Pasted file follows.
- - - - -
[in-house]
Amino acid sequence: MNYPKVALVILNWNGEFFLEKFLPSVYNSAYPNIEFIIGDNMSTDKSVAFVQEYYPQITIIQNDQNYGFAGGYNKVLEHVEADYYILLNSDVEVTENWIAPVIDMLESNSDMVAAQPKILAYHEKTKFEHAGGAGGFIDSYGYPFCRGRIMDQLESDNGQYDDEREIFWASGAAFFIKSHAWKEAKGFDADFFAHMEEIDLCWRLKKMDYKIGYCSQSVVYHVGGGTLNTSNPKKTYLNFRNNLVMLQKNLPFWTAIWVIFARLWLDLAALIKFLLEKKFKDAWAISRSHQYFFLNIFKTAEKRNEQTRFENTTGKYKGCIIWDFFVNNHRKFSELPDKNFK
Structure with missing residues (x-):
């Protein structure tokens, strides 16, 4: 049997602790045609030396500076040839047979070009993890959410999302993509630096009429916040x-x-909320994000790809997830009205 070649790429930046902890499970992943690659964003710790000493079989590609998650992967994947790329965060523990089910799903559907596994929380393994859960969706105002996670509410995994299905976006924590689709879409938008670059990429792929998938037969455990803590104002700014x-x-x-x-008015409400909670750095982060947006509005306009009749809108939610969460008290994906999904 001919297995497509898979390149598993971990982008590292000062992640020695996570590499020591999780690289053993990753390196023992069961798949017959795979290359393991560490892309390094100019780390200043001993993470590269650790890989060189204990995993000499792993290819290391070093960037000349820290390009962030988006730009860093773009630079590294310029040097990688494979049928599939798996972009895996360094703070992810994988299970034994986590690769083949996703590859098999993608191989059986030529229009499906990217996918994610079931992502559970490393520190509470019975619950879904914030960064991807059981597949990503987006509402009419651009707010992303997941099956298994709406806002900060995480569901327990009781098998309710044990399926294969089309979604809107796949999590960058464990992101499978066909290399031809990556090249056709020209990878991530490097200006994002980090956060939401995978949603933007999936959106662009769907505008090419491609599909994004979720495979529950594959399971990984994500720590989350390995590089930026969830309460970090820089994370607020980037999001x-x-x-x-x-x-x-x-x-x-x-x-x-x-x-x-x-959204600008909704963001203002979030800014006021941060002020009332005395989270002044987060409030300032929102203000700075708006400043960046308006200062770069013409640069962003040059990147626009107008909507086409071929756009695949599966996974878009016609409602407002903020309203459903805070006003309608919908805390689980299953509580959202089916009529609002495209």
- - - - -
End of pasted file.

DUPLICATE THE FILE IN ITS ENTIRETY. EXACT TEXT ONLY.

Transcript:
[in-house]
Amino acid sequence: MNYPKVALVILNWNGEFFLEKFLPSVYNSAYPNIEFIIGDNMSTDKSVAFVQEYYPQITIIQNDQNYGFAGGYNKVLEHVEADYYILLNSDVEVTENWIAPVIDMLESNSDMVAAQPKILAYHEKTKFEHAGGAGGFIDSYGYPFCRGRIMDQLESDNGQYDDEREIFWASGAAFFIKSHAWKEAKGFDADFFAHMEEIDLCWRLKKMDYKIGYCSQSVVYHVGGGTLNTSNPKKTYLNFRNNLVMLQKNLPFWTAIWVIFARLWLDLAALIKFLLEKKFKDAWAISRSHQYFFLNIFKTAEKRNEQTRFENTTGKYKGCIIWDFFVNNHRKFSELPDKNFK
Structure with missing residues (x-):
């Protein structure tokens, strides 16, 4: 049997602790045609030396500076040839047979070009993890959410999302993509630096009429916040x-x-909320994000790809997830009205 070649790429930046902890499970992943690659964003710790000493079989590609998650992967994947790329965060523990089910799903559907596994929380393994859960969706105002996670509410995994299905976006924590689709879409938008670059990429792929998938037969455990803590104002700014x-x-x-x-008015409400909670750095982060947006509005306009009749809108939610969460008290994906999904 001919297995497509898979390149598993971990982008590292000062992640020695996570590499020591999780690289053993990753390196023992069961798949017959795979290359393991560490892309390094100019780390200043001993993470590269650790890989060189204990995993000499792993290819290391070093960037000349820290390009962030988006730009860093773009630079590294310029040097990688494979049928599939798996972009895996360094703070992810994988299970034994986590690769083949996703590859098999993608191989059986030529229009499906990217996918994610079931992502559970490393520190509470019975619950879904914030960064991807059981597949990503987006509402009419651009707010992303997941099956298994709406806002900060995480569901327990009781098998309710044990399926294969089309979604809107796949999590960058464990992101499978066909290399031809990556090249056709020209990878991530490097200006994002980090956060939401995978949603933007999936959106662009769907505008090419491609599909994004979720495979529950594959399971990984994500720590989350390995590089930026969830309460970090820089994370607020980037999001x-x-x-x-x-x-x-x-x-x-x-x-x-x-x-x-x-959204600008909704963001203002979030800014006021941060002020009332005395989270002044987060409030300032929102203000700075708006400043960046308006200062770069013409640069962003040059990147626009107008909507086409071929756009695949599966996974878009016609409602407002903020309203459903805070006003309608919908805390689980299953509580959202089916009529609002495209």